W alnut anil Cuiiir nreet: acrvli ea Mah'natli 11
I. m. and T::op. m.; Siinday Si hool l::0p. m.
C'llltlSTIAN Kl-lil.euth Hreet; meetini; Sal)
' linlli lll::i p. m.; prew hllr on Hlnniliy.
(Minn II CiK THE KKDKKMKK-iCpi pajt
V KourP.-enili Hp-et; V.iirniui.' prnyvrw ih)iKt)n
ln:.'iii a. in.; fvi-iiiiiL' prave.-a. J p.m.; saoliuth
i liool !l a. Hi. Kei. St. .1. lilt) on l ee. Id uor.
flKST MISSION' ytV HM'TI.ST CllllilTI.
I I'reai liltix l Hi: - m :) p. ni.. and ', : p. n
Snlihalh at'Lool at
:.il p. m. lii v. T. J. Miore.
I I'lTIKKAN ll.'.rtipiilh
i t: a rvke Sub
Siinday n i.ooi 'j a.
I j hut h II a. in. a:i'l i : v p. in
in. Iter. Oii'-riM lm r. nii.t ir.
MKTHUl)lsT-( or. Kl-.ih and Walnut arrtct. ;
I'reaehln Sulili.iili lo: HI a. m. and 7 p. in.;
pr.iver meeting, Wiilin-n'.ii' :'f p. m.; Sunday
Srliool. a p. in. li'.-v. A. I'. Morrii-on, pallor.
1HKSHYTEItlAN Kl'.'hlh ure.-t; preaelilnif on
snlilmth at ll:ii a. in. and 7::lp. m ; prayer
nieetinj; Wediieaday at 7 ::HI p. in. ; Sunrtay hi hool
itt H p. m. Itev. II. V. deore. pator.
OKiDNI) FKKK-WII.I. 1IA1TIST-Fifteerth
0 r-treet. h.-tv.eeii Walnut and Ledar atri-elK; er
vin-a siiMititu at ! and 7:3) p. in.
ST. .lOsKI'lFS-dloman Cailiol., i orner Crra
and Wuliiul KtreetM nervieea SaMmth 10 ::) a.
Hi.; Sunday Si hool at lip. in.; VepJili)p- Hi-i Kt
vli ea every day ut h p. in.
CT. I'ATKli K S -iltoiiian Catholie) Corner Ninth
i) atrei-t and Warliinutim avenno; aervliea sb
lintli and 10 a. in.; Ve-per :i p. m. ; Ciuriay SrhiKil
1 p. m. ; aervkea etery day at 5 p. m. liev. F. .uli"!.
( EN Kit A I. DKMVEKY fpni r.M a.m.; lo- -J
i:ipm.; Sunday : s to !i a.m.
Money Order I), purinient open at B a. m.; dioea
jt .' p. in.
I liro.iL'h Etpn-a Mail via lUlnoii. f'etitri and
Mliippl I ' - 1 1 1 rnl Kailroada eoe at l'.'Sjii p. In.
Cairo and I'oplnr IJluff 'i'iirou'li and Way .Mail
rio.e. at l-J-.JO p. m. ,
Way M.iil via llllnola Centrsl. t'a!ro and Vln
eioie ui'l Ml..-ippi Central lUilromlf i ln.e lit
i:l.'i p. m
Way Jl.-iil for Narrow 0ni IJjilro'id rlot f at S
Cairo and F.f,invllle lllvi rKnuie t!oe. at f,:)
p. in. dally ieji . pl Friday I.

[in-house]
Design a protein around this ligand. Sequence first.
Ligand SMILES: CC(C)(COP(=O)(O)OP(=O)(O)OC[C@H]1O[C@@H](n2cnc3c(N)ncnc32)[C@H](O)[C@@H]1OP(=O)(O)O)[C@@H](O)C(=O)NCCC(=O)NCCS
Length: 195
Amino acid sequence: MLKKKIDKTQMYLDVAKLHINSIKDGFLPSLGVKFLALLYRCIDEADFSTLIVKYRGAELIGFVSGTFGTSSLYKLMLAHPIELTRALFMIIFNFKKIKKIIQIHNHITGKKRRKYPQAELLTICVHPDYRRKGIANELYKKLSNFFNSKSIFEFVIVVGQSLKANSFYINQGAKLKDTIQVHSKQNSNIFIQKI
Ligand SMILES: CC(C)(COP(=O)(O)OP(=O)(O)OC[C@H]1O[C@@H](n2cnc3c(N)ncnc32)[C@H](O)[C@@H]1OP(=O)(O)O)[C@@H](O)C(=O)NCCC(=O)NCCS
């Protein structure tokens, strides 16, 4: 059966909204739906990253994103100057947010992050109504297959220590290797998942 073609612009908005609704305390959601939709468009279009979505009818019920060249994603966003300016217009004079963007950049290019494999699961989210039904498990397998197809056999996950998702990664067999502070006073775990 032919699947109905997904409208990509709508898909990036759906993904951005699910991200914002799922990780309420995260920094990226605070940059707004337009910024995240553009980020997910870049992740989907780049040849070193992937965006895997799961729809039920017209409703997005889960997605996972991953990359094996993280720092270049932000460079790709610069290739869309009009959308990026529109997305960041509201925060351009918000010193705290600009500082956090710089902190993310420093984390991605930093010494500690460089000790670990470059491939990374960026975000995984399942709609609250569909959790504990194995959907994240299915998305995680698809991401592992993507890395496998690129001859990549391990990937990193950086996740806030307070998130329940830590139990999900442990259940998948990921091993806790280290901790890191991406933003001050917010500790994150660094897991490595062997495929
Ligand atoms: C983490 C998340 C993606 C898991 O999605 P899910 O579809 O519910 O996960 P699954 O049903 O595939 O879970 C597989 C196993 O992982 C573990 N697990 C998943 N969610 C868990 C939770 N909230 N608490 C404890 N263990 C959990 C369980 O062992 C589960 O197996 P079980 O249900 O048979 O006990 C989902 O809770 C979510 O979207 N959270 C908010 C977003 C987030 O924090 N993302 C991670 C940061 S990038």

j NSl'IIAM K AGENCY OF
AVklls it K ei iii i,
IfnVll I'-llVlili'llI ' if Monir.nl. Can
JlOJIdl (IlliUlldll , ci,pital.ti,.unii.n)i,;d.
I liritisli America U:i:r$
I MJlK'illav'Flre and Marine. (MU'rlllc, N. J.)
! Jl 1 11 IMC ,' Aawt. 1.4W!JM.
I I'tiwui nOf Fliiladelphlu: etl,ll)ied in 18(4.)
jl IMOII , Ai-rvtc. $:i.lS.(a).
I.':..,.....,... ' (Of Davtnn. O i.
i iiciiian r,A. i j4io.4ii.ne.
M( 1 Nldll , AU $IM.tC7.:.
UISK.S WRITTEN AT FAIU HATKS.
( f Tii-. in Ali'xrtJi.li'r County Jtunli.
H 2 K
FLOUR, GRAIN" AND HAY
Highest dish Price Paid tor Wheat.
Farmers' Tobacco Warehouse
General Conmiission Merchant,
So. 135 and I'.T Cummer. I r . Ttl. t.
clal Avenuu LAIROj ILLS.
IIKERAL AOvnnfrmcnl mads onCoutlirnmcnU
J of Tobacco, l'lour ami II ruin.
' MVKItl'WJf, (ilt.VIX.
Lkkhihnh NovoiiiIht 19. 3:00 r. M.
Wh.at-Qni, t Wint.T, 8t. 7ilvs4 10d ;
Sjiriir', Tj Od(ii.ifi 'i; Cnliforuia avcrnc,
fld (i(if,9s 10d; Ciiliforiiiii club, 9s Od(rJ
10s Corn ncwr-23s M&M Od.
I Kf.W YORK r.RAIN.
Nw York, Xov.;inUcr 19, 13:00 p. M.
WIhM Quiet Firm No. 2, Cliitao,
044. 95: No. 2 Milwnuknp, O'vfS; Krd
Winter.. 98&$l OH; Amlcr, 981 OH;
No. 2, Ird Wiiitf-r, l 07'., (21 07 J,'. Coin
(Juii't sU'iuner, 40; No. i, 4y(4u',jj
No. 2. 4fi'.2'. Cold, 100),.
nic.i(j i;uai5 Ajf rnoDt ck.
Ckic.mio, N'.ivcin'irr 19, 10:00 a.m. Cmn
DwrntU-r, U2; 32 'g ; May, :i5(a3g
bil. I'..rk Jiiniiiiry. JfS 17'.; Lid. Wlie:it
Dcrciiilif r, s:! 7.j .Inutility, W.
Ciiicvo.). Xovi-ntii: r IS. 13 M. Corn
I).cfijIn:r :r2 . S'i.'.t ; Juniiriry, :!2)B' ; M;ty,
35 Piirk-D.ccii.licr. 0 85;
.Iai,ii:iry. 151 17(i,. WIn-.tt-Dcefm-liti,
s:j .I.tmimy, !?2?4 l.iid.